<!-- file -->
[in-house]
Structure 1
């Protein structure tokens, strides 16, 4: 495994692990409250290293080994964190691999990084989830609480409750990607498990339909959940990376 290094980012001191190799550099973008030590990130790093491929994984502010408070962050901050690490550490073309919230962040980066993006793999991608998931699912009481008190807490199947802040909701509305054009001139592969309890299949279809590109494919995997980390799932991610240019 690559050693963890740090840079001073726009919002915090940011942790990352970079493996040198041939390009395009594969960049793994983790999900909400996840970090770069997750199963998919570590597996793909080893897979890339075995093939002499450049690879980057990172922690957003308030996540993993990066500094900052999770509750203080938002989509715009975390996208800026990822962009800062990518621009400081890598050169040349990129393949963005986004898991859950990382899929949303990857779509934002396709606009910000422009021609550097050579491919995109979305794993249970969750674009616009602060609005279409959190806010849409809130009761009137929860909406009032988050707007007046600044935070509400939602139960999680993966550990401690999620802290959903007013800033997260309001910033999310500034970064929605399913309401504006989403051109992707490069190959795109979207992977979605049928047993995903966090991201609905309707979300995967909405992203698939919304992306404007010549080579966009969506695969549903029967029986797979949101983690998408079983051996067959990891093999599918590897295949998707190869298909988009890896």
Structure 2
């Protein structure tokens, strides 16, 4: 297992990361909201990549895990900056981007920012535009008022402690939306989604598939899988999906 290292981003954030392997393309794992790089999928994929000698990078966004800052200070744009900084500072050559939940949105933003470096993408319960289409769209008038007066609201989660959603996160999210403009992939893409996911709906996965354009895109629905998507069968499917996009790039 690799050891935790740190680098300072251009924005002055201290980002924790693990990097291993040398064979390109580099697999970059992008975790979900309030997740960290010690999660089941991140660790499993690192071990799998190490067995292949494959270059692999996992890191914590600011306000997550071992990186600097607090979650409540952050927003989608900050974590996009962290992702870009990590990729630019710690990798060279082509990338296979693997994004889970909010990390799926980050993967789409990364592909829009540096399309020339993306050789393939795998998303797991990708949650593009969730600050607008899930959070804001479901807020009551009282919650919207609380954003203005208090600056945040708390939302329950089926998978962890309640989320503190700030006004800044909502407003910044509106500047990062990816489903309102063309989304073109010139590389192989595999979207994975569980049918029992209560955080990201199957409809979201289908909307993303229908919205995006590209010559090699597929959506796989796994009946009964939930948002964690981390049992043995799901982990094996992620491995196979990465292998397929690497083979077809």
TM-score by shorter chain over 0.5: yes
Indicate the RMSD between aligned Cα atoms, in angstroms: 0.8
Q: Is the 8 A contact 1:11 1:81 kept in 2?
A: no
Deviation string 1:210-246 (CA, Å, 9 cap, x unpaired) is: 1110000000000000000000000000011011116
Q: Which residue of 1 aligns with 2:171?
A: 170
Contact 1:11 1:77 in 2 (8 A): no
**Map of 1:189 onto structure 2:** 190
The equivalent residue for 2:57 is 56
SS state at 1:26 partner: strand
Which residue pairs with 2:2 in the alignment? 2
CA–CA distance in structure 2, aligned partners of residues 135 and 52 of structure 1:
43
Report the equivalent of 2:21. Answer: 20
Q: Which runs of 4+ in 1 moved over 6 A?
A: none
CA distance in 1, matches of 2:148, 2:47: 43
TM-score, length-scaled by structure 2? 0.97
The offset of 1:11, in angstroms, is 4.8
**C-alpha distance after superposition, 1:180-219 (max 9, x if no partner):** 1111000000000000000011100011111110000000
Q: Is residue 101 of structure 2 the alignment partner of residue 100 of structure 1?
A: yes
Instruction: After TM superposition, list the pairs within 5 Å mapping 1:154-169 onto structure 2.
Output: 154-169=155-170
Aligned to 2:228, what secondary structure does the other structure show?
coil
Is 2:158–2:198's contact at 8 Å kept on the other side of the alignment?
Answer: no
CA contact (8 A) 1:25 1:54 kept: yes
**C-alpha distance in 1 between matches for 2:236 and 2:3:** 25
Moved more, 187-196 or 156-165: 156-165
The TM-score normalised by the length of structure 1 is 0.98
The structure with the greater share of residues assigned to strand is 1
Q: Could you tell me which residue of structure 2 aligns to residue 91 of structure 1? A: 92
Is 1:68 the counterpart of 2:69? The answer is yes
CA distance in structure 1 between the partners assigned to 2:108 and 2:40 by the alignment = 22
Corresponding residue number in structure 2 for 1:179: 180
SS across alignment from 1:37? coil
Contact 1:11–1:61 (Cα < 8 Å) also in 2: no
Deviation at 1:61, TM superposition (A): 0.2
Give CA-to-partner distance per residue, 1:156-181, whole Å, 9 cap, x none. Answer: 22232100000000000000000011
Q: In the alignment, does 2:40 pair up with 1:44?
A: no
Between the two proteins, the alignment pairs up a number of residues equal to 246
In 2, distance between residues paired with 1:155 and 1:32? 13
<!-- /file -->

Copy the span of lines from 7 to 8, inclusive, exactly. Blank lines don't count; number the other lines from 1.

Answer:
Indicate the RMSD between aligned Cα atoms, in angstroms: 0.8
Q: Is the 8 A contact 1:11 1:81 kept in 2?